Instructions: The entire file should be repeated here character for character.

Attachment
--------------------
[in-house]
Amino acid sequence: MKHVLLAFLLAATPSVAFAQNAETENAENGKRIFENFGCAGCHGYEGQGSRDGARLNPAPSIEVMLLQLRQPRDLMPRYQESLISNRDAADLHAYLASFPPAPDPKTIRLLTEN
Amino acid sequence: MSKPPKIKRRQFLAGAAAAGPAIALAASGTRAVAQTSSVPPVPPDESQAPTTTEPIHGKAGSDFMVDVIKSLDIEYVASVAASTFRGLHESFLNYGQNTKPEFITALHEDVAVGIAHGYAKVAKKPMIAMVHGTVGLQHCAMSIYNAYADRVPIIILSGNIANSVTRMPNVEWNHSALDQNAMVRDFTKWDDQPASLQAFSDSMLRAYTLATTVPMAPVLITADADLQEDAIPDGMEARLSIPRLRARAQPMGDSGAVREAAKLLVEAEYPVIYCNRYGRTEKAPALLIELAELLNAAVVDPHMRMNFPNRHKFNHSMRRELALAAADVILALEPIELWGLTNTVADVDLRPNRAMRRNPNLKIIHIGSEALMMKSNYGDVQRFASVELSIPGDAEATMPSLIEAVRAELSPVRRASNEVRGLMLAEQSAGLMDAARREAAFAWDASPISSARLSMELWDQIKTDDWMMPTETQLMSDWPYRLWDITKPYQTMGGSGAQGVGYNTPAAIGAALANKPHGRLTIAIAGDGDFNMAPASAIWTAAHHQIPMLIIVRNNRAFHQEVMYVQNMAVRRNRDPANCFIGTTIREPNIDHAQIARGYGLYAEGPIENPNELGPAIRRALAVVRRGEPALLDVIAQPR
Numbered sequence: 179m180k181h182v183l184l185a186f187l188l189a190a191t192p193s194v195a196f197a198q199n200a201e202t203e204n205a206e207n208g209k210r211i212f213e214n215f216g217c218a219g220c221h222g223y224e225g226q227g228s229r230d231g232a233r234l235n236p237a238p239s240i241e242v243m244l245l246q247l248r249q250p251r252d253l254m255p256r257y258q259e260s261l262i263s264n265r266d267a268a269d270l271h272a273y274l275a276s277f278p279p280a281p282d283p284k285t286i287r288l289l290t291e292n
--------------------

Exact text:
[in-house]
Amino acid sequence: MKHVLLAFLLAATPSVAFAQNAETENAENGKRIFENFGCAGCHGYEGQGSRDGARLNPAPSIEVMLLQLRQPRDLMPRYQESLISNRDAADLHAYLASFPPAPDPKTIRLLTEN
Amino acid sequence: MSKPPKIKRRQFLAGAAAAGPAIALAASGTRAVAQTSSVPPVPPDESQAPTTTEPIHGKAGSDFMVDVIKSLDIEYVASVAASTFRGLHESFLNYGQNTKPEFITALHEDVAVGIAHGYAKVAKKPMIAMVHGTVGLQHCAMSIYNAYADRVPIIILSGNIANSVTRMPNVEWNHSALDQNAMVRDFTKWDDQPASLQAFSDSMLRAYTLATTVPMAPVLITADADLQEDAIPDGMEARLSIPRLRARAQPMGDSGAVREAAKLLVEAEYPVIYCNRYGRTEKAPALLIELAELLNAAVVDPHMRMNFPNRHKFNHSMRRELALAAADVILALEPIELWGLTNTVADVDLRPNRAMRRNPNLKIIHIGSEALMMKSNYGDVQRFASVELSIPGDAEATMPSLIEAVRAELSPVRRASNEVRGLMLAEQSAGLMDAARREAAFAWDASPISSARLSMELWDQIKTDDWMMPTETQLMSDWPYRLWDITKPYQTMGGSGAQGVGYNTPAAIGAALANKPHGRLTIAIAGDGDFNMAPASAIWTAAHHQIPMLIIVRNNRAFHQEVMYVQNMAVRRNRDPANCFIGTTIREPNIDHAQIARGYGLYAEGPIENPNELGPAIRRALAVVRRGEPALLDVIAQPR
Numbered sequence: 179m180k181h182v183l184l185a186f187l188l189a190a191t192p193s194v195a196f197a198q199n200a201e202t203e204n205a206e207n208g209k210r211i212f213e214n215f216g217c218a219g220c221h222g223y224e225g226q227g228s229r230d231g232a233r234l235n236p237a238p239s240i241e242v243m244l245l246q247l248r249q250p251r252d253l254m255p256r257y258q259e260s261l262i263s264n265r266d267a268a269d270l271h272a273y274l275a276s277f278p279p280a281p282d283p284k285t286i287r288l289l290t291e292n